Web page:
Starboat (Tugboat and Riverboat) 1966
Oil on canvas
Starboat (Tugboat and Riverboat) is painted with Thiebaud's characteristic sensuous colors and thick impasto. The boat and its reflection are rendered with delicate brush strokes. Sea and sky, boldly defined by a yellow and green horizon line, are laid out in broad swaths with a palette knife. While Thiebaud's work has been associated with Pop art because of its focus on the everyday objects of popular culture, he sees it as part of a long realist tradition.
The Red Sail
Gouache on paper
"As an art critic, journalist, and skilled photographer, Bourguignon traveled widely through France, Spain, and Italy, North Africa, Corsica, and Yugoslavia. He lived in Peru and later Haiti, where he met his wife, Erika, a renowned anthropologist. The couple settled in Columbus, Ohio in 1950 after Erika joined the faculty of The Ohio State University.
During his long and prolific life, Bourguignon amassed a large and varied group of paintings—early gouaches and later acrylics—and numerous pencil, pastel and ink-wash drawings. Many of the gouache paintings from the 1950s and 1960s depict tranquil landscapes, rich cultural interpretations and evocative portraits, figures, and genre scenes that were derived from his travels. In the 1970s, his landscapes and figural scenes took new directions and became less specifically descriptive. The works were expressionistic, often with whimsical, vulnerable, or tragic figures revealed in delightfully complex interactions of brushstrokes and texture."
Mirror Stage, 2012
In Mirror Stage, Ilit Azoulay combines images of a building taken at various angles and vantage points to create a new, digitally fabricated interior. The panorama is part of her series Imaginary Order (2008-2017). The project focused on the renovation of a well-known Brutalist-style building in the Israeli town of Zichron Ya'Akov. The artist photographed the structure over the course of seven years as it was transformed from a convalescent home into an art center and luxury hotel. The building's shift in function paralleled socio-political changes as Israel moved away from socialism to a capitalist economic model. Azoulay's re-creation merges elements of past, present, and future, to fabricate a never-to-be realized photographic plan.
Gelatin silver print
This photograph, from a series titled Improved Photographs, depicts artist William Wegman dressed as a woman. Handwritten texts on the print's surface are meant to emulate a magazine editor's comments to "improve" a model's body. With characteristic wit and humor, Wegman exposes the deceptive nature of editorial and fashion photography, while also poking fun at idealized gender norms for physical appearance.
Dinner and TV
Inkjet print from the series “Normal”, 2018
The Pembroke Hill School
"In my work I disrupt many of the misconceptions surrounding mental illness, specifically the idea that someone's outer appearance is indicative of whether or not they have a mental illness. I have struggled with mental illness throughout most of my life, and I use my experiences as inspiration for my art.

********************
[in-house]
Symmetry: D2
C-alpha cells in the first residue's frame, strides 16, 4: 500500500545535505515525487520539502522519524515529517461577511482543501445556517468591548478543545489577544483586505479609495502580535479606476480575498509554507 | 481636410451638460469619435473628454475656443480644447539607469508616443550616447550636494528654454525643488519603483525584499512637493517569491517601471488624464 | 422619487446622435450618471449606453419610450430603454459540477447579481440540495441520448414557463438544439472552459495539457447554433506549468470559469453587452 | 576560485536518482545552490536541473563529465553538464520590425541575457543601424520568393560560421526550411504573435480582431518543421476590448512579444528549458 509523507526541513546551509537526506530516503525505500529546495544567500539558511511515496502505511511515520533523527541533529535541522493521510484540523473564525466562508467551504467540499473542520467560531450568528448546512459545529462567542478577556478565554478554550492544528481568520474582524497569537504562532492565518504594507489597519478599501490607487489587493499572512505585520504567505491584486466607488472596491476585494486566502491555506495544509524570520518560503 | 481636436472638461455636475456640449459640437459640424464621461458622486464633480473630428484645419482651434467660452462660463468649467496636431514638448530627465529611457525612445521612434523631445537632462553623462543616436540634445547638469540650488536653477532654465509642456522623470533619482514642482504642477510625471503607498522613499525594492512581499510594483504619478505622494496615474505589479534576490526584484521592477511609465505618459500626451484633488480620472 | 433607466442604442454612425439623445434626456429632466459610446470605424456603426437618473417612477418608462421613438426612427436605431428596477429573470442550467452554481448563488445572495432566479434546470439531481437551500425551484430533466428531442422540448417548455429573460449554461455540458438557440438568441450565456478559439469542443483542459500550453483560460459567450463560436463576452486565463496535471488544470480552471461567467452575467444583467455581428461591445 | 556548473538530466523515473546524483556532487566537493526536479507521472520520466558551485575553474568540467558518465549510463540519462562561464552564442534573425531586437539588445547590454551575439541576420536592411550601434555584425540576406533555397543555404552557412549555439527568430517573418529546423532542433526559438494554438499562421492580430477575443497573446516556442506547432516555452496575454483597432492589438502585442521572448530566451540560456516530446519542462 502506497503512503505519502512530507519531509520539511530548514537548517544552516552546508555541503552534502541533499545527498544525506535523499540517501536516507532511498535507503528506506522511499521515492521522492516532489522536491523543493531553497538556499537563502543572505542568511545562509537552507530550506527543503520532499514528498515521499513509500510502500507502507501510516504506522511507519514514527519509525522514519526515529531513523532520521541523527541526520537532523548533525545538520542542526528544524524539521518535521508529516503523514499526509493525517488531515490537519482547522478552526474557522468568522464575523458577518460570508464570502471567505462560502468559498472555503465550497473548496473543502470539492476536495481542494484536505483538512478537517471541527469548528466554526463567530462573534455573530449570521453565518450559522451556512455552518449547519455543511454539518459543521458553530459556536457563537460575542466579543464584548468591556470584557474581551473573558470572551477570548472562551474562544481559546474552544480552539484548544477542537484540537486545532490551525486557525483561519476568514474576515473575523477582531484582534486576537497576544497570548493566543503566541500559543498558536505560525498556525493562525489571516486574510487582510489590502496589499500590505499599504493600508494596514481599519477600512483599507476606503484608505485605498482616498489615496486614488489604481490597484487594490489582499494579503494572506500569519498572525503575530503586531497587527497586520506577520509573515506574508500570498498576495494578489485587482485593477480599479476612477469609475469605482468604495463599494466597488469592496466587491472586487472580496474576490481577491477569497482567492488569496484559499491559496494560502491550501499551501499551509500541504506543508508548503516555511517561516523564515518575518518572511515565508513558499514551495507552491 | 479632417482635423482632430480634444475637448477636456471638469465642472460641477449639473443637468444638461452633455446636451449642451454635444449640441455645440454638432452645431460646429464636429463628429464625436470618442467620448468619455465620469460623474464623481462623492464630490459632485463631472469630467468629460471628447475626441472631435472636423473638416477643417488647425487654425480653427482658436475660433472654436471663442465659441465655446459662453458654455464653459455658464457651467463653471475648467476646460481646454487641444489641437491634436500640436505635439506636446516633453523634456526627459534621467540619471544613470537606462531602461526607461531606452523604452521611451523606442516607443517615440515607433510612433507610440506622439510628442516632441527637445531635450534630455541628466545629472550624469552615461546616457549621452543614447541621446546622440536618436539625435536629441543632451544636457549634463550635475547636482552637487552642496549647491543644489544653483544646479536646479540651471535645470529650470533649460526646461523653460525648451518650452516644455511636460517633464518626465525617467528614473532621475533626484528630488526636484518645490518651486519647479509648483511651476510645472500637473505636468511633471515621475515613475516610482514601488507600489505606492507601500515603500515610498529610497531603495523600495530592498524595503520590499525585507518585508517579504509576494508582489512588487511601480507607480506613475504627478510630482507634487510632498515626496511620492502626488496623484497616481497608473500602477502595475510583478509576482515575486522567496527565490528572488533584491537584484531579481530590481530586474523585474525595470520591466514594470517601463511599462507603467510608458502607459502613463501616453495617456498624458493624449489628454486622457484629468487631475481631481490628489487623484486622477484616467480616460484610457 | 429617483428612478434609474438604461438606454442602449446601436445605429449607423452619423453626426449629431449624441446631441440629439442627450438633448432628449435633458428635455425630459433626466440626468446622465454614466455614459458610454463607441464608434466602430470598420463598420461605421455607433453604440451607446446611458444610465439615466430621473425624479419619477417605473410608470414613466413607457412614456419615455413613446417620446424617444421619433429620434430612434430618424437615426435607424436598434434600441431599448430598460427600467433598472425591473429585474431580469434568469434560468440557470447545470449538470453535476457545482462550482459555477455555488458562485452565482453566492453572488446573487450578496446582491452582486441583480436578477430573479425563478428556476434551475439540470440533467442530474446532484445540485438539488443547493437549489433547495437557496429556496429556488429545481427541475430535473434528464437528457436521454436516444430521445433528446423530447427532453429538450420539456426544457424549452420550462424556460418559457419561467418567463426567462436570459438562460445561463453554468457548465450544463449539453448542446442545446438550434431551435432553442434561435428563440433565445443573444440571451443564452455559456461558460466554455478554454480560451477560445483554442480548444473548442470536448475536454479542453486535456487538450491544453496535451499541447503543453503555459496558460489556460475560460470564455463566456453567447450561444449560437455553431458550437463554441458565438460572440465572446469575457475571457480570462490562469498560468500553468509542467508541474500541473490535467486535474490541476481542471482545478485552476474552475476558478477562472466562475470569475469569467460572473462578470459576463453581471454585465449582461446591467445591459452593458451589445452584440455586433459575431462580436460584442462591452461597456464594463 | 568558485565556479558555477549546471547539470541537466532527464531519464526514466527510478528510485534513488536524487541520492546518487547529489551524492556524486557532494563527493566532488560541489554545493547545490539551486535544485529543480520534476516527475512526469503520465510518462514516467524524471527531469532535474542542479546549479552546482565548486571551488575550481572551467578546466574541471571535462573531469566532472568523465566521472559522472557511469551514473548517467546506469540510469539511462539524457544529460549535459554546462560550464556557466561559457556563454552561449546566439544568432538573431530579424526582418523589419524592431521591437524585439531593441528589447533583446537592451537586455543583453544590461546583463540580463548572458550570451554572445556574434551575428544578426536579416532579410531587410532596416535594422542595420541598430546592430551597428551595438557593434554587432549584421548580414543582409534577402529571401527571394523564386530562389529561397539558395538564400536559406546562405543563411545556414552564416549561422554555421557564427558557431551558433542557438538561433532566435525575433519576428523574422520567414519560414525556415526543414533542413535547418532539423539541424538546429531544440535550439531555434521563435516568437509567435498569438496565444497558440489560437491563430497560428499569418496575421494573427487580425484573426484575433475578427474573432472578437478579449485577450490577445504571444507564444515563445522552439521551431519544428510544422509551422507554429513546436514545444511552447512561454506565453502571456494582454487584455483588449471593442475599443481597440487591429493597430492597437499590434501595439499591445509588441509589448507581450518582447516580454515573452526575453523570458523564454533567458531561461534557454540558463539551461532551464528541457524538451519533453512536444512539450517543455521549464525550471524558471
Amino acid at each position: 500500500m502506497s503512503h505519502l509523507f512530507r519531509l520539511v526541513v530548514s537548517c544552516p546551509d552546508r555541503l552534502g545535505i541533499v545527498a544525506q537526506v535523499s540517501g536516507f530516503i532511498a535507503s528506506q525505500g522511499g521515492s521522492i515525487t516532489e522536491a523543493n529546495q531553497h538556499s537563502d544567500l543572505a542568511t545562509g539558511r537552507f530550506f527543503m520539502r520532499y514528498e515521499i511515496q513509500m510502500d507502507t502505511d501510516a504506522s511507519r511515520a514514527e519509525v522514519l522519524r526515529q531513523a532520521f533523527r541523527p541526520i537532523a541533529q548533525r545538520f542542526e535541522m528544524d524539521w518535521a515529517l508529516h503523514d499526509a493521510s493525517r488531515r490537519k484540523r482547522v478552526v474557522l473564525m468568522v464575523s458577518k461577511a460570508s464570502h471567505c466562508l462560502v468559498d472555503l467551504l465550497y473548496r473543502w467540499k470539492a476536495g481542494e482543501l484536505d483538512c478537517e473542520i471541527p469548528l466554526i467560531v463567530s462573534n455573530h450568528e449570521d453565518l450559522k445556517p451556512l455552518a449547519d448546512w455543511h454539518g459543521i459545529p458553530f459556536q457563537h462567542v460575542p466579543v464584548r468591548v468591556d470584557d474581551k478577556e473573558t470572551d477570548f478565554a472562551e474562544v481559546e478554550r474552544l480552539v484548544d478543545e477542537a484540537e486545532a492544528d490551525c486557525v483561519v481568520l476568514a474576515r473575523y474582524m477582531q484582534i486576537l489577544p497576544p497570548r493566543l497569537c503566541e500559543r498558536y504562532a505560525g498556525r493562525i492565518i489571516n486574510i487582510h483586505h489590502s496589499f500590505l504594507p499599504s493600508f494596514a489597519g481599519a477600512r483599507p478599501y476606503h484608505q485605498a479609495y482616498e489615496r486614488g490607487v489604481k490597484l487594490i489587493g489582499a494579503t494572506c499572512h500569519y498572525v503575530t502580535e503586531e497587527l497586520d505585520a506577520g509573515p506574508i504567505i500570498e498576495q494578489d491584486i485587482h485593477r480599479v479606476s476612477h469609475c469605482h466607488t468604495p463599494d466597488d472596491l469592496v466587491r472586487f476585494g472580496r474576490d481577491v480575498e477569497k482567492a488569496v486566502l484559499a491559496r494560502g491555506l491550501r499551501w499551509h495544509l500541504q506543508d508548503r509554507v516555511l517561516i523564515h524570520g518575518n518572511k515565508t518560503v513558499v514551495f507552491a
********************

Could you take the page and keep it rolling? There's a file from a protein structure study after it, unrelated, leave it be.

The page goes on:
I chose to document my life so that I could highlight the ways in which I am just like everyone else. On the surface, my images just look like I took portraits of a normal, healthy teenage girl going through her daily routine, not someone who experiences chronic depression, anxiety, and ADD. Although, within the images there are hints at what's going on behind the surface, like the medication on my bedside table. By showing myself living a seemingly normal life, I am proving that mental illness does not look one specific way. Not everyone who has depression looks like a stereotypical emo kid, in fact a lot of us look just like everyone else on the outside, and my images are reflective of that."
........................................... -- Sophie Hammond
Nan and Brian in bed in kimono, NYC, 1983
Dye destruction print
This photograph depicts artist Nan Goldin and her boyfriend at the time, seated in bed. The physical and emotional tension captured here reflects their strained relationship, one that eventually became abusive.
The photograph is part of Goldin's influential work The Ballard of Sexual Dependency. In it, Goldin chronicled the struggles for intimacy and understanding within her circle of friends and lovers during the 1970s and early 1980s. Ballad was originally conceived as a slide show of more than 700 color images accompanied by a soundtrack.
Inner Coffin of Meret-it-es
Late Period to Ptolemaic Period, 30th Dynasty to early Ptolemaic Dynasty,
ca. 380-250 B.C.E.
Wood, pigment, gesso and gilding
Except for her missing mummy, almost everything buried with the noblewoman Meret-it-es is here: this inner coffin, the outer coffin that contained it (to your left), the gold that lay over the mummy (ahead to the right) and 305 statuettes (behind you). Although little is known about Meret-it-es, her funerary equipment reveals much about Egyptian religion.
Remarkably thick and weighing 400 pounds, this coffin was meant to preserve Meret-it-es's mummy so that her spirit could live eternally in the hereafter. In part, to ensure that she would become a divine spirit, she is portrayed as a god with golden flesh and blue hair; her unarticulated body resembles the mummified ruler of the underworld, Osiris.
In the center of the coffin the sky goddess Nut spreads her wings, protecting Meret-it-es. A bit below this, Meret-it-es appears before the ibis-headed god Thoth, having been accepted into the hereafter. High above, on the red plaque, she approaches Osiris: her journey into the next world is complete.